Tuesday, July 4, 2017

WIP: Takom Mk. I Female (1/35 scale)

As anyone who follows my work knows, I'm quite keen on Great War subjects, having already built a Medium Mark A Whippet and a Krupp 21cm Mörser 10. With those under my belt, I felt that it was time to move on to the family of vehicles that spawned the modern tank: the British Mark I. 

In the autumn of 1915, at behest of the Landships Committee, Little Willie, the first prototype of what would become known as "tanks" was built. There are varying stories as to why these lumbering beasts were called "tanks," but it most likely appears to stem from a code name used to deceive the Germans and it ended up sticking. Soon after, in December of 1915, the prototype of the Mark I, Mother, was completed and the first order for 75 "male" tanks armed 6 pounder guns and 75 "female" tanks armed with .303 Vickers machine gun were placed in late-February, early-April of 1916. The distinctive rhomboid shape was designed to help the vehicle cross the ubiquitous trenches that characterized the fight on the Western Front. The armor was relatively thin, ranging from 6 to 12mm, but it was enough to keep out rifle and machine gun fire. The Mark I made its combat debut at the Battle of Flers-Courcelette in September 1916 (as part of the larger Somme Offensive).
Though the kit parts can build up a pretty decent representation of a Vickers machine gun, I thought the addition of some aftermarket brass parts would be nice touch. After a quick search, I found that Aber makes a nice set that has the four Vickers and one Hotchkiss machine guns. I'm not entirely sure the extra effort is worth it, especially for the cooling jacket armor, but the fine details on the muzzle are a huge upgrade compared to the rather chunky kit muzzles.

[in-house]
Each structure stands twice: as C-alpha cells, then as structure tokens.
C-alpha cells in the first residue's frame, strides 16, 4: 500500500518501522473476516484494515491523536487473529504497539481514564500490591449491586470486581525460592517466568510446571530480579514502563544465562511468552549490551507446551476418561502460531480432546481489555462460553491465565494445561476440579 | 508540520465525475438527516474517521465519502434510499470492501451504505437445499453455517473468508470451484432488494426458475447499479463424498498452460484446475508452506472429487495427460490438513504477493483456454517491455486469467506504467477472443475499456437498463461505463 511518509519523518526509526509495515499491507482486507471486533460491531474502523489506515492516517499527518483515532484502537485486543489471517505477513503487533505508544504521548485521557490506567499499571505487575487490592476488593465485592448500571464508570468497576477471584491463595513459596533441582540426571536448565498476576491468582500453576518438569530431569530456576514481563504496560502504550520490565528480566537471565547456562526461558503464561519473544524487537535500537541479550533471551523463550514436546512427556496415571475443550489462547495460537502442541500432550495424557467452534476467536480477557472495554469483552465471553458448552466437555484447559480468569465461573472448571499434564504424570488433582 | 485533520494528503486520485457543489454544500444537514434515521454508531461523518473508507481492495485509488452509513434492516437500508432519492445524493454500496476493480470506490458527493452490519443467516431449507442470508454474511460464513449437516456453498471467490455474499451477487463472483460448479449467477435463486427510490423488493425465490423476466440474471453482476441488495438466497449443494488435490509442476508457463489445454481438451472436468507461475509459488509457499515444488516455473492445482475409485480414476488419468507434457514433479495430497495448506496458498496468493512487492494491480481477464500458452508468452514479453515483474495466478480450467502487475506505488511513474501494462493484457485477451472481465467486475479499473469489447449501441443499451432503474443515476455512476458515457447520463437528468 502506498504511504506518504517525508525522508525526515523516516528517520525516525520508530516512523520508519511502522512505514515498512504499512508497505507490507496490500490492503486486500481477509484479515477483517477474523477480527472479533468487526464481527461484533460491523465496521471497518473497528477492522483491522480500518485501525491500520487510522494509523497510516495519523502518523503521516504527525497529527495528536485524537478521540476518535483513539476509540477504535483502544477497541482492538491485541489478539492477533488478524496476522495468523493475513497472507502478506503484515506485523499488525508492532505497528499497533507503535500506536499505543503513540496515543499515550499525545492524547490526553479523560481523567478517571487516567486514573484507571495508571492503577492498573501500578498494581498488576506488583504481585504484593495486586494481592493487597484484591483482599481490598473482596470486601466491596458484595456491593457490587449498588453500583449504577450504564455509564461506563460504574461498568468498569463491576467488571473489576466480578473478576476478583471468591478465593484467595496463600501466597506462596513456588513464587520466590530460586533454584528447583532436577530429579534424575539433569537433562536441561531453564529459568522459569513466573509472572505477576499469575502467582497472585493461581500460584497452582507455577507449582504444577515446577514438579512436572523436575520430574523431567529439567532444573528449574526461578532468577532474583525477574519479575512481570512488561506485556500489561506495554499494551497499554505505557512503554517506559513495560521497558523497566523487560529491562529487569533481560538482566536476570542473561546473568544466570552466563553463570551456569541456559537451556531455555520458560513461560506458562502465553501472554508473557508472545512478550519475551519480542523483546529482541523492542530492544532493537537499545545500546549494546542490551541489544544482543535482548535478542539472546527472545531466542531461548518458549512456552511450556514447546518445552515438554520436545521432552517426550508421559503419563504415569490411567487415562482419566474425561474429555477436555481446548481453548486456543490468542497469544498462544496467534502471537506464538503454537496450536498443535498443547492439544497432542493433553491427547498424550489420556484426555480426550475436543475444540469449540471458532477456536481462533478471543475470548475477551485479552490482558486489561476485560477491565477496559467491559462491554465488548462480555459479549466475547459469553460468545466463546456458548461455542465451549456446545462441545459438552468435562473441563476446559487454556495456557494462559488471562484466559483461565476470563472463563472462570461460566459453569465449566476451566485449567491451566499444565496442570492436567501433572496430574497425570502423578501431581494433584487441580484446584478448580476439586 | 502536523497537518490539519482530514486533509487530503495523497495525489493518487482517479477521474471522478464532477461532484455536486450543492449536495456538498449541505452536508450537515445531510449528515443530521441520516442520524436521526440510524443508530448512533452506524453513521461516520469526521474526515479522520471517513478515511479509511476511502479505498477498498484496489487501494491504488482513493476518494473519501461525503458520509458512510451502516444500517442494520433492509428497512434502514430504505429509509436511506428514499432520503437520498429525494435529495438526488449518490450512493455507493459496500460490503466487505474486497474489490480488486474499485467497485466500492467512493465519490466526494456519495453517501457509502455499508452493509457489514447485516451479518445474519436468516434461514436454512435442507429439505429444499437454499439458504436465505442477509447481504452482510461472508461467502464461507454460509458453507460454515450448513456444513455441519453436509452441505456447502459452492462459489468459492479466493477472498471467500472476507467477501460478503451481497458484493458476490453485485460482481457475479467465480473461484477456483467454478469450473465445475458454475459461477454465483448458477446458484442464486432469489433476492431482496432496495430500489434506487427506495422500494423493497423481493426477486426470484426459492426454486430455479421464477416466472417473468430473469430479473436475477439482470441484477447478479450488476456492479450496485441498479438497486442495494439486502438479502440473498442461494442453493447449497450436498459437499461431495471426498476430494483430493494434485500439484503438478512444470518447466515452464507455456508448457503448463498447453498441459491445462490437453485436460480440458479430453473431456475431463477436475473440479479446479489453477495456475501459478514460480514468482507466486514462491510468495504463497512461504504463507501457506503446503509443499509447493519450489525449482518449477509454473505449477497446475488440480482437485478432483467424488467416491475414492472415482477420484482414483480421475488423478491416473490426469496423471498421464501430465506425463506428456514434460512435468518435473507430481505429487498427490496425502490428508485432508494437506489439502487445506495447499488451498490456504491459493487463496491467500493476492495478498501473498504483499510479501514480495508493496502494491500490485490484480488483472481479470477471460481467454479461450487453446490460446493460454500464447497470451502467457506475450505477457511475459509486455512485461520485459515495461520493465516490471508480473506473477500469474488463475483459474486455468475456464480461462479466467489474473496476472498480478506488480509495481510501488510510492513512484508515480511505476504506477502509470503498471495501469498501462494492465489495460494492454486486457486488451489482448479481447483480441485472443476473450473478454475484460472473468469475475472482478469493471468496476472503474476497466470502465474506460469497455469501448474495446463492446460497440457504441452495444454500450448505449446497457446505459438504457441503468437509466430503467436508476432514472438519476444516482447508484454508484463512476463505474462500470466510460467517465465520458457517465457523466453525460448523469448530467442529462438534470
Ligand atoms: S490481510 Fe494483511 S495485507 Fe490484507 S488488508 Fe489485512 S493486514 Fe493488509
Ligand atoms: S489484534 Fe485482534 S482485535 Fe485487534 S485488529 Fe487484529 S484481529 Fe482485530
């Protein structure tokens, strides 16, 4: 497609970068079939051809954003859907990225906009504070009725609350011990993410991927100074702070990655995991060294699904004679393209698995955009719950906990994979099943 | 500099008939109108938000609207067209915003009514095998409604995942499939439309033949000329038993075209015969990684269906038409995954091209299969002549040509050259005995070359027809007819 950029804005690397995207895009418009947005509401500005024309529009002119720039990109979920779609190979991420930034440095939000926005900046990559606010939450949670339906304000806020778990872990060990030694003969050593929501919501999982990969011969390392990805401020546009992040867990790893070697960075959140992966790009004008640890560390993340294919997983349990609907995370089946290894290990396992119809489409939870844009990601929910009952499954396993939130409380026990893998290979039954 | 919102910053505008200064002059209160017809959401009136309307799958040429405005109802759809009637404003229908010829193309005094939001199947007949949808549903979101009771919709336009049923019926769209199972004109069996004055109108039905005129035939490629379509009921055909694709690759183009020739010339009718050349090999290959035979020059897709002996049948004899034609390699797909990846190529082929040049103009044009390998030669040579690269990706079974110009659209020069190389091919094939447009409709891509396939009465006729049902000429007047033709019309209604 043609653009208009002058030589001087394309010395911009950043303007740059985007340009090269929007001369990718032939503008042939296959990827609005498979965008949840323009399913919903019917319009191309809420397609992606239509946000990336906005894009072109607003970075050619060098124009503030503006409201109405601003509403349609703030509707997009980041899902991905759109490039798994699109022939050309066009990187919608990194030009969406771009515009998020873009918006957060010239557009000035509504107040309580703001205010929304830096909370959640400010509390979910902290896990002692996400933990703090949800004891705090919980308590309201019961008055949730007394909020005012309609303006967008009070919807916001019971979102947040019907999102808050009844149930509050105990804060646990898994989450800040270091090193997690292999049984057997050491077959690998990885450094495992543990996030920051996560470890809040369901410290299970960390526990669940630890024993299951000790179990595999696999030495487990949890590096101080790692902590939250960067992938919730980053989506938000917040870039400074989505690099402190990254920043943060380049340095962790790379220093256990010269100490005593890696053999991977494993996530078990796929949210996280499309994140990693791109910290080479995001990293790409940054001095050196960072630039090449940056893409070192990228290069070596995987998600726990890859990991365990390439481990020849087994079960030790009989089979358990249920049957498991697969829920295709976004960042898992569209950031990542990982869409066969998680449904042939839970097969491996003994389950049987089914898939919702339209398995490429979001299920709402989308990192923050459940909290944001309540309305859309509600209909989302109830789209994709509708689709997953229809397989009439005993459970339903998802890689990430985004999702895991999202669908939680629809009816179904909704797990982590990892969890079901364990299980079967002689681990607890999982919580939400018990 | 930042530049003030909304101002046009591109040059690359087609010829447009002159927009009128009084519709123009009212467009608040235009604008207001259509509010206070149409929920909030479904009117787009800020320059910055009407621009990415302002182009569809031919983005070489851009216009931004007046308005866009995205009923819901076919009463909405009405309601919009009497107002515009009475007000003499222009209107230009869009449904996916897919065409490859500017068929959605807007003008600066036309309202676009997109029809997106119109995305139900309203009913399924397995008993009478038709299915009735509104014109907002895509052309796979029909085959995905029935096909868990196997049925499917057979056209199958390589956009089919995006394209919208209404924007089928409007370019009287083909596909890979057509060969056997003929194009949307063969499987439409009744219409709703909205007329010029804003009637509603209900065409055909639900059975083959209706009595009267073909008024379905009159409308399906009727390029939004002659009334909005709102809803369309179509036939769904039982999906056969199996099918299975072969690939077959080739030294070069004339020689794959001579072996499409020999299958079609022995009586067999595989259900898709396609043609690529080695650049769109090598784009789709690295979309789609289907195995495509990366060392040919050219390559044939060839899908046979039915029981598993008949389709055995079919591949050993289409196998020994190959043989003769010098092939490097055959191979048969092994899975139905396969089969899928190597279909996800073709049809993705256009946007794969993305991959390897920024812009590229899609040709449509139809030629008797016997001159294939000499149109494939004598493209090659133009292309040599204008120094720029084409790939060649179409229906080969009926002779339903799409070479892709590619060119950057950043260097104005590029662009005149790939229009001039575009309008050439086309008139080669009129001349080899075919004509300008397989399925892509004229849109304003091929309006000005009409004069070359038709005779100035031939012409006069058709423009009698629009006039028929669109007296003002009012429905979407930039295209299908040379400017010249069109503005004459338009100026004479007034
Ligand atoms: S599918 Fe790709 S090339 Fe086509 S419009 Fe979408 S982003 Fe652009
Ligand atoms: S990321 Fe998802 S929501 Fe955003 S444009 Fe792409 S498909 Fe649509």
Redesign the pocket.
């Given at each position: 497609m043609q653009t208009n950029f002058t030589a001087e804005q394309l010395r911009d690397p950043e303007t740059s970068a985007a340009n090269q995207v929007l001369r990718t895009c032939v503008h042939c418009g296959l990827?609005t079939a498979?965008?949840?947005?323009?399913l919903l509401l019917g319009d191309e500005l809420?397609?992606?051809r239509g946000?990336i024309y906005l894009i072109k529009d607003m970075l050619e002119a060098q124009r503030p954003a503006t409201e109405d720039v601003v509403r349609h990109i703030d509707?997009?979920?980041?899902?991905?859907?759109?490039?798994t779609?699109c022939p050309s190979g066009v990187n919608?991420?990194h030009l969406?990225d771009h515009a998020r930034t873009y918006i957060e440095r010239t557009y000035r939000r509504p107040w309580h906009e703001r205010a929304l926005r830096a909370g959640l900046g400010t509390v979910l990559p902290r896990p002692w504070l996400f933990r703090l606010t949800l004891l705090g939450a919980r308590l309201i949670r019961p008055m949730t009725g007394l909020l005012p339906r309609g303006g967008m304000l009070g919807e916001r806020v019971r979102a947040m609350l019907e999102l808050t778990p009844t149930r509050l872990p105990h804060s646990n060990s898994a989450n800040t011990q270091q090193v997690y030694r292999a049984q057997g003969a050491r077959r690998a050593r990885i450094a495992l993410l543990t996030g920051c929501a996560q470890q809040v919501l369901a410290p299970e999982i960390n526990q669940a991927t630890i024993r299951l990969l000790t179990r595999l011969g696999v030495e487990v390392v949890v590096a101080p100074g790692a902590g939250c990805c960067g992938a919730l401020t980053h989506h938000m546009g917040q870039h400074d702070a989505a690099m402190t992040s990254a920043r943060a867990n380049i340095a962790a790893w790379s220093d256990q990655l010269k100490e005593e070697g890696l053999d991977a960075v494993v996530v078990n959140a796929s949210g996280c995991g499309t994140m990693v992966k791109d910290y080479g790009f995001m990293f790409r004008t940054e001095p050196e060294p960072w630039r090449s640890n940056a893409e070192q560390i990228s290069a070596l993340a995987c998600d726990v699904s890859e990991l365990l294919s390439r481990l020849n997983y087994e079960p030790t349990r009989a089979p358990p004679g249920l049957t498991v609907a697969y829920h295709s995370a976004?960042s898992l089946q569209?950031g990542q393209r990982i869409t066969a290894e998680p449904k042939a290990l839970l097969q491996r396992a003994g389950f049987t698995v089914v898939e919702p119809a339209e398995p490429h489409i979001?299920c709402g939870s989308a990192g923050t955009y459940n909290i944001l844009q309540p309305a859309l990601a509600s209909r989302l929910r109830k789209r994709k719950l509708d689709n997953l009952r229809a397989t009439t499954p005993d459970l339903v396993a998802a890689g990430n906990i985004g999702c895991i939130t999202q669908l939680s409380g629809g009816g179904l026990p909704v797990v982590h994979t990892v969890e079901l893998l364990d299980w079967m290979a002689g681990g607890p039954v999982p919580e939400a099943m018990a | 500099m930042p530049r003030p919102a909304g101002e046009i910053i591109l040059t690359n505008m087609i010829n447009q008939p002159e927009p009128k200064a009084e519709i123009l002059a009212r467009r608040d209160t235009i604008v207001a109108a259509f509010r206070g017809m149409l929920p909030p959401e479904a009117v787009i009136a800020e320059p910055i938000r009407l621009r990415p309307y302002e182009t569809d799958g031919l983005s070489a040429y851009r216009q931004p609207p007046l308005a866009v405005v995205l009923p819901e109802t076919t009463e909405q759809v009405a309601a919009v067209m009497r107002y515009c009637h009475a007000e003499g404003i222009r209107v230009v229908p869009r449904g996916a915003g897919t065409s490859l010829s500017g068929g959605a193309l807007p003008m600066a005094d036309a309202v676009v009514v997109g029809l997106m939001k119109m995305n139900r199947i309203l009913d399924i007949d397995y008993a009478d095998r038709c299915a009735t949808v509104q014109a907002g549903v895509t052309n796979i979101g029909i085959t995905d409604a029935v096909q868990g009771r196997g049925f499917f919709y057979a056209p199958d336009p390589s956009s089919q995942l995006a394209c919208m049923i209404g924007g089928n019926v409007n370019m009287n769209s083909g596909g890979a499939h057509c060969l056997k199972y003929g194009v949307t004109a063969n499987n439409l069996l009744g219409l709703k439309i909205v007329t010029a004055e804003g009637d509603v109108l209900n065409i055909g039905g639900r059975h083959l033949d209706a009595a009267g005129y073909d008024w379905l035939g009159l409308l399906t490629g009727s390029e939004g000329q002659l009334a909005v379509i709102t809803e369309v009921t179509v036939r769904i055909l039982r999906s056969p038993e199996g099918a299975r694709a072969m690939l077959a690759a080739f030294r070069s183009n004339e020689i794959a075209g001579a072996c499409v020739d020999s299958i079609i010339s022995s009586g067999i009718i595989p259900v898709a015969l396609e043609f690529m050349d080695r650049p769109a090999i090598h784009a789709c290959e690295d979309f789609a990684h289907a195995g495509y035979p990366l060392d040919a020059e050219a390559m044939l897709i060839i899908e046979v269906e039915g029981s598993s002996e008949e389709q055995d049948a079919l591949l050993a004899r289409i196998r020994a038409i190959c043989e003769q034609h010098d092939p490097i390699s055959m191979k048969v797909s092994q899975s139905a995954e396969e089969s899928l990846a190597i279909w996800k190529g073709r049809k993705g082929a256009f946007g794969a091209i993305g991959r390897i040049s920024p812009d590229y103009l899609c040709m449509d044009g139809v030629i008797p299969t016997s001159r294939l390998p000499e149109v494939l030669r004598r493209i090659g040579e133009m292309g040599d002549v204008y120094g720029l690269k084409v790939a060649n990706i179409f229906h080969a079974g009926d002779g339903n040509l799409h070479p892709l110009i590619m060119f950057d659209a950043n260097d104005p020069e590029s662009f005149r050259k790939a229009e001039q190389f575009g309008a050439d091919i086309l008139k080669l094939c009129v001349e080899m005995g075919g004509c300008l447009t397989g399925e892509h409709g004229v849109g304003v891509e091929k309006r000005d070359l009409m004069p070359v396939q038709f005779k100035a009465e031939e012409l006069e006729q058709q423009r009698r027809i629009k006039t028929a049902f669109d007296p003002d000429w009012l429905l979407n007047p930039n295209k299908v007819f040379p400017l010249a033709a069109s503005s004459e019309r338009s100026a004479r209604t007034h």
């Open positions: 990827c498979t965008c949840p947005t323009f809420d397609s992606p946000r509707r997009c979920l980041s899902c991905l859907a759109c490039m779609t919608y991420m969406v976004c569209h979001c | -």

The main hull, made up of various plates, goes together quite nice using the inside of the track frame as a jig to ensure proper alignment of the parts. Probably the biggest fault with the kit lies in this area: the cab is grossly inaccurate. Mark I cabs should extended the full width of the hull to the track frames; the shortened cab was used on the later Mark IV and Mark V tanks to accommodate the use of wider 26" tracks instead of the 20" tracks of the earlier models. The saving grace is that there aren't that many people overly familiar with these vehicles means that it's something that will unnoticed for the most part. The track frames are mirror images of each other and go together well enough, but the number of rollers can make it a little difficult to assemble. As far as the rollers go, I did no clean up on them because once sandwiched between the outer and inner pieces and the tracks added, they're impossible to see. To be honest, it's probably perfectly fine to leave them out altogether so long as their axles are added (these stick out of little holes along the bottom of the vehicle).
With the hull and track frames completed, I started on the characteristic steering tail. These were a feature found only on the Mark I tanks and were used as a kind of a rudder to help steer the tank in large radius turns. It was quickly found that these were completely unnecessary and were removed from later vehicles. It goes together without much fuss and the large wheels have poly caps so they can be removed for painting.

With a majority of the vehicle completed, the only things left to build are the weapon sponsons and the anti-grenade screen for the top of the tank. I probably won't use the screen because this tank will be painted as D11 "Die Hard," which was damaged just outside of Flers on September 16, 1916. The first Mark I tanks were part of D Company and C Company of the Machine Gun Corps and only tanks of C Company were outfitted with screens.

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